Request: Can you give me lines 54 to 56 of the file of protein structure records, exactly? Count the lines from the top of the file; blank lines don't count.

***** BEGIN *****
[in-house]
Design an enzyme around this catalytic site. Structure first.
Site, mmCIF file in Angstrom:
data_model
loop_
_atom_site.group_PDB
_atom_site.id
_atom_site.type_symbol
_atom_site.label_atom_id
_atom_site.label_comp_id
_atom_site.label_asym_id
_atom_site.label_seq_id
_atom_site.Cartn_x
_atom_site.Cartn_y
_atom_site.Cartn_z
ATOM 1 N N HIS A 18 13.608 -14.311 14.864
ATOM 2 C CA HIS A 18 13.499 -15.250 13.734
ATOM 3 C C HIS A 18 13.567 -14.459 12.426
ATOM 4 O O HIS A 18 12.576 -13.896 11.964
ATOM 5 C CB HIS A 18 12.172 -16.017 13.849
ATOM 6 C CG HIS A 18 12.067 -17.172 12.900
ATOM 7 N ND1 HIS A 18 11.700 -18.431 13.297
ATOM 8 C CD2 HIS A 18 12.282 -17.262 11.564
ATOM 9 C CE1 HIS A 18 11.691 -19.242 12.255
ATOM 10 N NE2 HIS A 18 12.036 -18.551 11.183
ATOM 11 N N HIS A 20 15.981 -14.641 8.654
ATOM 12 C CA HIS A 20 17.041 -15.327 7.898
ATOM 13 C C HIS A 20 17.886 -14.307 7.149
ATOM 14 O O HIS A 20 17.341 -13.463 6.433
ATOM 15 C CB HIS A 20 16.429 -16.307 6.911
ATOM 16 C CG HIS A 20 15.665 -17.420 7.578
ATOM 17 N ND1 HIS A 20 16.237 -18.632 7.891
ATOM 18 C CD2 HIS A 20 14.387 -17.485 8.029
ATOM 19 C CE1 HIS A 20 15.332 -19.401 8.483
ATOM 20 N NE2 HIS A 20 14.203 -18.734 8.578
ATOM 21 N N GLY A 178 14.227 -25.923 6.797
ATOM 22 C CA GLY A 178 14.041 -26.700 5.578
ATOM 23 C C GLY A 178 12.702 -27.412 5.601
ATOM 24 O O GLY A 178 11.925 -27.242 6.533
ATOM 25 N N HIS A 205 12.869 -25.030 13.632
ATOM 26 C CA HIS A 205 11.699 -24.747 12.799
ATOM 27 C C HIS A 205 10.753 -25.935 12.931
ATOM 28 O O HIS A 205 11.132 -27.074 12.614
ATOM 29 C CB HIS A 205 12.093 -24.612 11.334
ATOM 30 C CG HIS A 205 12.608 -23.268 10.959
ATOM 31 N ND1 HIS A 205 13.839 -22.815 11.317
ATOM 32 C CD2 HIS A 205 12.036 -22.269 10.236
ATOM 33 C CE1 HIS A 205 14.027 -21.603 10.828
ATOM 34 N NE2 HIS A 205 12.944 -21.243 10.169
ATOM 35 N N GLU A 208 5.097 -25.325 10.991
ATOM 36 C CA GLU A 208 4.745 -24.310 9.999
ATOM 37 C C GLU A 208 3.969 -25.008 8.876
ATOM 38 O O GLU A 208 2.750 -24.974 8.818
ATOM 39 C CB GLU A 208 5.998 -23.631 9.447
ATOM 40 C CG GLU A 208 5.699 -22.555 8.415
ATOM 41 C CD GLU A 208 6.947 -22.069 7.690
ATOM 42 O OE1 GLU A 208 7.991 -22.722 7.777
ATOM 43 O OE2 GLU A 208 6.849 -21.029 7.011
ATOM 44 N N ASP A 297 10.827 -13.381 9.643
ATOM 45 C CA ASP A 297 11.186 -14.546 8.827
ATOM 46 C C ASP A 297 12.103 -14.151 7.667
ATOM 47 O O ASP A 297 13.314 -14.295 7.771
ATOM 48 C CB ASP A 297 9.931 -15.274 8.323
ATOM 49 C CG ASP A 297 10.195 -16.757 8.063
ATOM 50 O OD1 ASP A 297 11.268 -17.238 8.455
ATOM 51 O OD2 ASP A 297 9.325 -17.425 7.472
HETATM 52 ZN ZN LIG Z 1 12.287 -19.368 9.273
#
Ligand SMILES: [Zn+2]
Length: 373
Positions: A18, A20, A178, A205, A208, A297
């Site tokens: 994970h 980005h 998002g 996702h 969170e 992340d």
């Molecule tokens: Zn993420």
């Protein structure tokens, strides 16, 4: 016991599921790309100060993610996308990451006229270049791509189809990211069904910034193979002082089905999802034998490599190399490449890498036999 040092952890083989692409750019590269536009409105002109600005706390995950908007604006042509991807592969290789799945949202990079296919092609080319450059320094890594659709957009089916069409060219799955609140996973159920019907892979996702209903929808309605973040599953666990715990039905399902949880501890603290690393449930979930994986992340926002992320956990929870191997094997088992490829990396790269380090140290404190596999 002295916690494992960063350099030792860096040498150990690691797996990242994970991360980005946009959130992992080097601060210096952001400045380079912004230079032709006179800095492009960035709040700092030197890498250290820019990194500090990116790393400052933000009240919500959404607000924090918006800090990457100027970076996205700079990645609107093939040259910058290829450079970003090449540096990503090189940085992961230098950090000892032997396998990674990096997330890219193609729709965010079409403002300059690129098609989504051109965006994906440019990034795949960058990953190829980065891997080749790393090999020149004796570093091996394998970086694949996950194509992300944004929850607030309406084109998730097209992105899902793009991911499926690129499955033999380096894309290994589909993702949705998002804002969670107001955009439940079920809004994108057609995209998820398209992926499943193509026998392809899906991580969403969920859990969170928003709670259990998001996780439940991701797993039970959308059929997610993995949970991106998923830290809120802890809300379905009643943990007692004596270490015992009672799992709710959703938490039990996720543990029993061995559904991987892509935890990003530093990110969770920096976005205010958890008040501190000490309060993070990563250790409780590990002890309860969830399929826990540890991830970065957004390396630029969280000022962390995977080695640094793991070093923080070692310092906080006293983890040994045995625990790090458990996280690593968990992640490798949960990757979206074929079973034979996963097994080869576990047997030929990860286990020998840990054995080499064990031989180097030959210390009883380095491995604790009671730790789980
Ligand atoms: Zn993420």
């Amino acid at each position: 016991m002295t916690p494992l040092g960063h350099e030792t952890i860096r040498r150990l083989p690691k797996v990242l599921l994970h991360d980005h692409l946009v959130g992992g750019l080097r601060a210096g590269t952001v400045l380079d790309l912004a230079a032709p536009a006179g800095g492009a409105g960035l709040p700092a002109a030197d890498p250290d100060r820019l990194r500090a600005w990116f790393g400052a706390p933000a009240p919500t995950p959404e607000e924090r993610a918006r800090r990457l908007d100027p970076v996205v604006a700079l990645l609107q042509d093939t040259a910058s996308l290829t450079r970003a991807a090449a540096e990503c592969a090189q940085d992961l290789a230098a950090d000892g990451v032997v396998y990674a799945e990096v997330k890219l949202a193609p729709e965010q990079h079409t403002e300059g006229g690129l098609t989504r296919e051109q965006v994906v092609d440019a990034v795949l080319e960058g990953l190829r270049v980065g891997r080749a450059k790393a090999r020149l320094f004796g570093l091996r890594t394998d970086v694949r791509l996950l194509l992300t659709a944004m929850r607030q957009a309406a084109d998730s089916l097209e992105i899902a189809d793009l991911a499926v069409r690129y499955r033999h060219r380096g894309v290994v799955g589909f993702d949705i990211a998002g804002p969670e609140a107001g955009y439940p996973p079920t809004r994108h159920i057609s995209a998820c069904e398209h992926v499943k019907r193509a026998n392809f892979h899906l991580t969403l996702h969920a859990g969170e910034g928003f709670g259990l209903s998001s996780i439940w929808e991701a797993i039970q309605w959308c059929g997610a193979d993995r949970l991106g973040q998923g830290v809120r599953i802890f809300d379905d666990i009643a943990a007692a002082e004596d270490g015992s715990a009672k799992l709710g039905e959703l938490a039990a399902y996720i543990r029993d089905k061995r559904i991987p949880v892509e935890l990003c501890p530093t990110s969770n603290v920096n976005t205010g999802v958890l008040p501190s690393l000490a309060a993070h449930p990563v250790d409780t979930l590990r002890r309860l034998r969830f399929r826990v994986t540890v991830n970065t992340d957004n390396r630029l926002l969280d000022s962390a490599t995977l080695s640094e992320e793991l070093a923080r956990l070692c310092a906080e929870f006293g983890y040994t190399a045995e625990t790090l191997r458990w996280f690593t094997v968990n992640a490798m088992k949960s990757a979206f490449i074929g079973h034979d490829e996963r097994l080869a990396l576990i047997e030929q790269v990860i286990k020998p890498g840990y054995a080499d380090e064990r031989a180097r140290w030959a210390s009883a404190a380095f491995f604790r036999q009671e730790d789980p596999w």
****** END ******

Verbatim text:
ATOM 39 C CB GLU A 208 5.998 -23.631 9.447
ATOM 40 C CG GLU A 208 5.699 -22.555 8.415
ATOM 41 C CD GLU A 208 6.947 -22.069 7.690